Move aside, gyms and fancy equipment — corporate offices across the country are stretching to a new tune. Yoga is in vogue and its benefits at the workplace are manifold
Chow Siddhartha has every reason to fall prey to the stress of his daily grind. With an array of meetings lined up with representatives from top companies such as the Royal Bank of Scotland, Ernst & Young, General Motors, Deutsche Bank and the Taj group of hotels, his day is jam-packed and exhausting. On the contrary, Siddhartha looks relaxed. As the founder of Siddhartha Yoga, he practises what he preaches — the art of dealing with stress at the workplace. Siddhartha conducts corporate yoga classes in 10 major cities, and provides employees of several companies with solutions to their physical ailments, especially neck and shoulder pain, caused from excessive hours spent in front of a computer screen and because of incorrect postures.
“The corporate industry is looking to promote healthier practices for their employees to boost productivity. There are a lot of health issues and a high risk of burnout,” says Siddhartha, who charges between Rs 1,500 and Rs 5,000 for his corporate yoga modules — desktop yoga, yoga for computer users and yoga for corporate stress management.
The yoga exercises for computer users and desk employees include meditation to release stress, Sukshma Vyayama for the joints, asanas to mobilise the lower body and upper body for proper blood circulation, pranayamas, visual cleansing exercises, and guided relaxation techniques. These are often introduced for an hour daily, from Monday to Friday, or for three days a week on alternate days, depending on the employees’ requirements.
The widespread popularity of corporate yoga is attributed to factors such as minimal space requirements, the flexibility of timings and that it can be practised in most outfits. These classes take place in presentation rooms, cafeterias, and even at an employee’s work station.
Whenever Mona Singh, senior executive at a leading IT company in Pune, gets caught in the web of immense fatigue, resulting from her long commute, she heads to the yoga sessions conducted at her office. Between 5.30 pm and 7 pm, she unwinds and relaxes her body and mind. “I was stressed out. But with my shift wrapping up at 11 pm, I was left with no time to catch up with friends or even hang out somewhere. That’s when I decided to join the yoga classes offered on campus and the best part is that it is so convenient. I can walk in for a session even during my shift and do a few breathing exercises.”
A fortnight ago, HDFC Bank roped in Isha Yoga, an institute founded by Sadhguru Jaggi Vasudev, and so far, nearly 900 employees have registered their names for sessions. Abhay Aima, group head, HDFC, has been a regular yoga practitioner for many years, and feels that it provides him with a sense of balance, which in turn facilitates his professional life. “If your thought process is in place, your investments fall into place as well,” he says. While the bank has started two sessions daily at its Kanjurmarg branch in Mumbai, it plans to extend the programme to other centres across the country soon.
Yoga trainer Nirmal Kumar Nirana runs Om Yoga and offers yoga classes at BHEL, Dorling Kindersley and Mindmill Software in Noida. “In today’s corporate culture, you know you have to reach office by 9 am but you don’t know when your shift will end. There is a lot of mental work and immense stress on the nervous system,” he says. Nirana also maintains annual attendance reports to compare the list of absentees, prior to the onset of these yoga classes, and after.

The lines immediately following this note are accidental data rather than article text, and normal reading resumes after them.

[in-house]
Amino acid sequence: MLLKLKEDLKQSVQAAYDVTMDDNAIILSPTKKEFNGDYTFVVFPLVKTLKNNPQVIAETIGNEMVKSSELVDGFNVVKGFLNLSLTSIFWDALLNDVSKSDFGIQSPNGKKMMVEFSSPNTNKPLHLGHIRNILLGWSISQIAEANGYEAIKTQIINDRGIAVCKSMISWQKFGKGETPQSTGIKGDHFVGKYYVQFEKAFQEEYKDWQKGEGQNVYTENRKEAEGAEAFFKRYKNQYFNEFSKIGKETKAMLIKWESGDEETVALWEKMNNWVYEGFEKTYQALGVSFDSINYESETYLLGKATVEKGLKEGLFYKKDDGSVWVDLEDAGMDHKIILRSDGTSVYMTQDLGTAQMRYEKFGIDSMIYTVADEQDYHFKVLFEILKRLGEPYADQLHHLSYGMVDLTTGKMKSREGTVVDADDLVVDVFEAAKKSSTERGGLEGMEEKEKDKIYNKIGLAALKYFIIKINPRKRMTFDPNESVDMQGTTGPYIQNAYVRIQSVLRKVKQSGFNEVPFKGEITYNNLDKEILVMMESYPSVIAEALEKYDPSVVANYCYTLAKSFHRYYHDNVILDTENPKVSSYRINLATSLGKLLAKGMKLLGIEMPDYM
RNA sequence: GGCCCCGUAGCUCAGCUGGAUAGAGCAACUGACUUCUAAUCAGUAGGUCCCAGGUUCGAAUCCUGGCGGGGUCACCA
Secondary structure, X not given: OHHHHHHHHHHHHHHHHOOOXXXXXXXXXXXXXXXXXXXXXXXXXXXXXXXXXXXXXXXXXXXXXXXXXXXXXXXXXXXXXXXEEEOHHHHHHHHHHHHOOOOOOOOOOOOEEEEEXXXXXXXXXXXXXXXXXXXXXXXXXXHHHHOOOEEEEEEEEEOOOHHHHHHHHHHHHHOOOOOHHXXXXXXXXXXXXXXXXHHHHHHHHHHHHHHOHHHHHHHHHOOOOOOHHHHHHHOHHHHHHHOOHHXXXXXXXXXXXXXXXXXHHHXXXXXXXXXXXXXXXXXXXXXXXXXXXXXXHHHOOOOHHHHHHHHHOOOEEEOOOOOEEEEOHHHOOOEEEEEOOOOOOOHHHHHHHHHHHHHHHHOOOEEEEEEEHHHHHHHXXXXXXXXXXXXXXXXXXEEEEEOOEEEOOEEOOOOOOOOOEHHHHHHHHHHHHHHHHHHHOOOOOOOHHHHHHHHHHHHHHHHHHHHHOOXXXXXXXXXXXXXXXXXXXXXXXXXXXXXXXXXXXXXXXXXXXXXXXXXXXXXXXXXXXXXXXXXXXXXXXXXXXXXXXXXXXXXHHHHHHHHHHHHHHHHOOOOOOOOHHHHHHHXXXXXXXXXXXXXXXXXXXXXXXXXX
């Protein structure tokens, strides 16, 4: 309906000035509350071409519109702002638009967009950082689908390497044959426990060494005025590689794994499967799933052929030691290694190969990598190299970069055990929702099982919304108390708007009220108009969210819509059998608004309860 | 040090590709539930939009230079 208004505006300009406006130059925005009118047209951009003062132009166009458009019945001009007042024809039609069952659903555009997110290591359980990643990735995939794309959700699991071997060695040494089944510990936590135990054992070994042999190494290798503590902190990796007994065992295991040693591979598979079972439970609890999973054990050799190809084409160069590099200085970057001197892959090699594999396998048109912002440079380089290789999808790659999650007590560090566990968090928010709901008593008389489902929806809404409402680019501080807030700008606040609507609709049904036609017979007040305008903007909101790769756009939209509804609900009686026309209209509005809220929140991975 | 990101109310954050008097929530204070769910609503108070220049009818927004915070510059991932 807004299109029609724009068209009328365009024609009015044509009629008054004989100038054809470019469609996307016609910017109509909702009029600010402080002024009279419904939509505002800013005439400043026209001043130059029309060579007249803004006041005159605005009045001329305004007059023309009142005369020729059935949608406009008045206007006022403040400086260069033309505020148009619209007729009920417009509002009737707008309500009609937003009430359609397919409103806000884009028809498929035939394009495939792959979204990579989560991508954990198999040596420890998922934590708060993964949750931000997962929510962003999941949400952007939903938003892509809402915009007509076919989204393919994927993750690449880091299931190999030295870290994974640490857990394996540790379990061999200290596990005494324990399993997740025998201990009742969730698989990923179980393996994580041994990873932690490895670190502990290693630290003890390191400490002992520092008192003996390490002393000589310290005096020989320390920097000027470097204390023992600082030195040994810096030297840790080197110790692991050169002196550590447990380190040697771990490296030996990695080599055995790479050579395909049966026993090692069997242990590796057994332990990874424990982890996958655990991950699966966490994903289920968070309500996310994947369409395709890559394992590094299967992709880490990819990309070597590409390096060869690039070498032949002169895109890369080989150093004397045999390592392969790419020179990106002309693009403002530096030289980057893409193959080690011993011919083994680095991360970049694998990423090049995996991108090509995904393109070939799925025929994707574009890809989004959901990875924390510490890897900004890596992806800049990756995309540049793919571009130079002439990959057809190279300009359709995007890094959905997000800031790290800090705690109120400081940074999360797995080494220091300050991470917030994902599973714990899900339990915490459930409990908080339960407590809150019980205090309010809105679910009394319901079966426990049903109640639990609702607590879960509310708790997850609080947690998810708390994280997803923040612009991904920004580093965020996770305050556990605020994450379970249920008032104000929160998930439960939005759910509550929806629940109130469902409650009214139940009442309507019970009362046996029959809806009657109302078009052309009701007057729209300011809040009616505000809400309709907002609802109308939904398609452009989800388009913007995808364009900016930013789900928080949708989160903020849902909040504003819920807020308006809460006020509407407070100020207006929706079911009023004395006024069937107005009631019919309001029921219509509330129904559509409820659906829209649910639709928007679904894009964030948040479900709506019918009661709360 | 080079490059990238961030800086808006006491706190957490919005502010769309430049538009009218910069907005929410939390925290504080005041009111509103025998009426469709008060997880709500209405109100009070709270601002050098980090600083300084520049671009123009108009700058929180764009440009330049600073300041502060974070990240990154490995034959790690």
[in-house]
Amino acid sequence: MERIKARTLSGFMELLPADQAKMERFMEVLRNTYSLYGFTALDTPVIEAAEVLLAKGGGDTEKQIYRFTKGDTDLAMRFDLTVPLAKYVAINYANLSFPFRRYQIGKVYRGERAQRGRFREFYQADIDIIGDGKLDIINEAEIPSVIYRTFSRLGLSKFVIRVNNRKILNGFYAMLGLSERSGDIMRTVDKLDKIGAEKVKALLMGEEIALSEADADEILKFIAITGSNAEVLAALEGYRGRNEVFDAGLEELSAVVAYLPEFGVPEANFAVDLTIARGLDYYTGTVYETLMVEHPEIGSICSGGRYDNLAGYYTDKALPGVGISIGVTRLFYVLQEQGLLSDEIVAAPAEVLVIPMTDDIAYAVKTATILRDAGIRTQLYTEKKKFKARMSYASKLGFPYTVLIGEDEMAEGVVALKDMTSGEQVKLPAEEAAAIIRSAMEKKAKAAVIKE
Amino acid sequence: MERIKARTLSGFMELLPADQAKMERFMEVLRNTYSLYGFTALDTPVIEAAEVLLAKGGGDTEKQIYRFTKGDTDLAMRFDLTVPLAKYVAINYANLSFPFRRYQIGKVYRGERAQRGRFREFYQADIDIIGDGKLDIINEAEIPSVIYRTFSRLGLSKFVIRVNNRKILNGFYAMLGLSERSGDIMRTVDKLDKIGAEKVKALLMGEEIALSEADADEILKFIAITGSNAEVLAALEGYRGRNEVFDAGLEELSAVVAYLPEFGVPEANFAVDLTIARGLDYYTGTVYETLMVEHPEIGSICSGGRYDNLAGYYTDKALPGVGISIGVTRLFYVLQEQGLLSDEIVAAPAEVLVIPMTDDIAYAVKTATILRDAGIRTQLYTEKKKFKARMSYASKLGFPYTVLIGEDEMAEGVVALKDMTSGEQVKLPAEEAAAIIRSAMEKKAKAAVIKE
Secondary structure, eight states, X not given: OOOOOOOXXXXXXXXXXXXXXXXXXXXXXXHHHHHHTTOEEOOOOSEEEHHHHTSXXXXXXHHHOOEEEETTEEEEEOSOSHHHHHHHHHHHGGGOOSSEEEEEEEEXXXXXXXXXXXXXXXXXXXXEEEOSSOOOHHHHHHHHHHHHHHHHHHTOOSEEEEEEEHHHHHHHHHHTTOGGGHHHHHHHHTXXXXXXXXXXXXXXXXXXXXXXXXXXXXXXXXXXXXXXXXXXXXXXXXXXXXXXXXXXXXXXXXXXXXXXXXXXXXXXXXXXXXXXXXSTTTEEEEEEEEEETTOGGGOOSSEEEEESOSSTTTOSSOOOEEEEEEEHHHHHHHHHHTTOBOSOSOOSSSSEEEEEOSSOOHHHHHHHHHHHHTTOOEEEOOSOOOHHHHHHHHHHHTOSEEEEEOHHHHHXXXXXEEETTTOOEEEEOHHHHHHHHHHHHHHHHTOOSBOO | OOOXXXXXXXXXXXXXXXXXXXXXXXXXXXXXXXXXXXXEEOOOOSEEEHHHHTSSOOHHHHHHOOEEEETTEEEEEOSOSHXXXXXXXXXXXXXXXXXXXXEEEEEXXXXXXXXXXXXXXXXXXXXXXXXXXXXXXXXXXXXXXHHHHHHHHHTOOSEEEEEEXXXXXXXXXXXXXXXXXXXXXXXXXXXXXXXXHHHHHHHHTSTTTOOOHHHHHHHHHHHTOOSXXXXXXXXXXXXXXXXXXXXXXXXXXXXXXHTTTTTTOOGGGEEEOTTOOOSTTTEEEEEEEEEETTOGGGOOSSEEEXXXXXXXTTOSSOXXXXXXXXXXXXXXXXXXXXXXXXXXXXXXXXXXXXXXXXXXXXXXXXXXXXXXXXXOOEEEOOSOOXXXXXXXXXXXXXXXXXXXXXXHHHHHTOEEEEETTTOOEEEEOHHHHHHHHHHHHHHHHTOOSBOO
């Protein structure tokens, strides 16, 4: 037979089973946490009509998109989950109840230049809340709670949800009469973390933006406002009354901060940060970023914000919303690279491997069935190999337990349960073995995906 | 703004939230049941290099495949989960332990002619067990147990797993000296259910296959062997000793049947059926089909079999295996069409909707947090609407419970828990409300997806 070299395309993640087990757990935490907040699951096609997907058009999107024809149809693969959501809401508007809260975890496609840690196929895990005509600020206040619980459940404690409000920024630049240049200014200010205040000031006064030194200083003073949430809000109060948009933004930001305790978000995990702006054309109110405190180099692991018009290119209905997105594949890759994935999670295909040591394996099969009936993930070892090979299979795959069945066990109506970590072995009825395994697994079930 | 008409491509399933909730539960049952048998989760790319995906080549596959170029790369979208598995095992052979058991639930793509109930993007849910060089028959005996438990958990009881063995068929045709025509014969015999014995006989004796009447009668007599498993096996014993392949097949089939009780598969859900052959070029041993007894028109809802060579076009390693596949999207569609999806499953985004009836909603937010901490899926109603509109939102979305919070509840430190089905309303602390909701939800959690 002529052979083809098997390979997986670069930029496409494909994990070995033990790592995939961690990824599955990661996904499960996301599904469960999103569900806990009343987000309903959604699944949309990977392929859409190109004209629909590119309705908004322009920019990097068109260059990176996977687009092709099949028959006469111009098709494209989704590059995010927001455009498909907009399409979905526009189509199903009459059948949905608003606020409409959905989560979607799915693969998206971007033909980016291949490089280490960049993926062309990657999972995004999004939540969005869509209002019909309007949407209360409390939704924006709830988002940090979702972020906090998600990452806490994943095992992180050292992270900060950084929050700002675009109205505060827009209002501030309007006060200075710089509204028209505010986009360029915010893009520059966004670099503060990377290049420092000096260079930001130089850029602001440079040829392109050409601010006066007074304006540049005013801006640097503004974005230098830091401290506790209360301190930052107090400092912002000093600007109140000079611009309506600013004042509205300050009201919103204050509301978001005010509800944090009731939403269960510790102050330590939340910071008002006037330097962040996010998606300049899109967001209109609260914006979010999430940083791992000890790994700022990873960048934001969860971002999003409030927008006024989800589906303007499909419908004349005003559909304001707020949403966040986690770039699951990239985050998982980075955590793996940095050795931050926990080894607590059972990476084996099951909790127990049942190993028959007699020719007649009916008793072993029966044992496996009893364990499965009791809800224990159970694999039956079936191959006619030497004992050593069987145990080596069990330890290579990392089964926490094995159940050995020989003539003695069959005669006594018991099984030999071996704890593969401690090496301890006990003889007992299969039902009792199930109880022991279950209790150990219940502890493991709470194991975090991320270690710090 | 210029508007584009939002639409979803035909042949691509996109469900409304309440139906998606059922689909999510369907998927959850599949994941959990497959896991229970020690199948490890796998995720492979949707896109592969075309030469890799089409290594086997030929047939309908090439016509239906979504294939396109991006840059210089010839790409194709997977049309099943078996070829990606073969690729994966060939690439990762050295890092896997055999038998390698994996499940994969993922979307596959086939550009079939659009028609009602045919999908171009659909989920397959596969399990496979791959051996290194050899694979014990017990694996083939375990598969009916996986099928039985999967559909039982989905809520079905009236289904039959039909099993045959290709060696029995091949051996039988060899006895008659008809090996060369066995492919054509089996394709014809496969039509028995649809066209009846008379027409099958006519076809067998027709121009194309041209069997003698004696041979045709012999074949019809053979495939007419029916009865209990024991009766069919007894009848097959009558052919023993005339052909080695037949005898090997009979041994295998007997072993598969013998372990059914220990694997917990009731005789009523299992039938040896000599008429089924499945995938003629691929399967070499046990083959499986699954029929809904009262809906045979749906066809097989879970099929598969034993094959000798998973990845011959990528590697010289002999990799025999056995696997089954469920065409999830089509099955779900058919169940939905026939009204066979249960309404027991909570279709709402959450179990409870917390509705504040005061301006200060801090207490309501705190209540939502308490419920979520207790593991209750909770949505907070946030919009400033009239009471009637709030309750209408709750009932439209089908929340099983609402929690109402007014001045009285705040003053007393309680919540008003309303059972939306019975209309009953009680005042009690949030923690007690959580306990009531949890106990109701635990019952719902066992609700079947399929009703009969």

Close your eyes and drop your chin down to your chest. Keep your shoulders loose. Move your neck in a circular motion by moving your right ear to the right shoulder, tilt your head backwards and then bringing your left ear to the left shoulder. Rotate your neck three to five times and then switch directions.
First, stretch your arms straight in front and parallel to the floor. Palms must face the ceiling. Cross your right arm over the left (bend your arm slightly at the elbow if needed). Bring both palms together. Lift both elbows. The shoulders slide down your back. Repeat this exercise with the left arm over the right.
Keep your feet on the floor. Then, bring both your hands on your knees. Inhale and stretch backwards. Now turn your face upwards and look at the ceiling. Exhale and lean forward and drop your head down. Repeat this exercise for three to five breaths.
Seated Spinal Twist
Sit sideways in your chair. Place your feet flat on the floor. Hold the back of the chair with both hands and twist your waist to the right towards the back of the chair. Turn to the other side. Repeat this exercise a few more times.
Seated Forward Bend
Push your chair away from your desk. Remain seated, keep your feet flat on the floor. Take your arms behind the lower back, keep your back straight and interlace your fingers behind your back. Bend forward from the waist, bring your hands over your back. Rest your chest on your thighs and relax your neck.
Keep your elbows on your desk. Place your fingers on your temples and concentrate. With small circular motions, gently rub your temples, first clockwise and then anti-clockwise. It is important that you do this for approximately 10–15 long deep breaths. Repeat till you are completely relaxed.
The yoga exercises for computer users and desk employees include meditation to release stress, Sukshma Vyayama for the joints, asanas to mobilise the lower body and upper body for proper blood circulation, pranayamas, visual cleansing exercises, and guided relaxation techniques.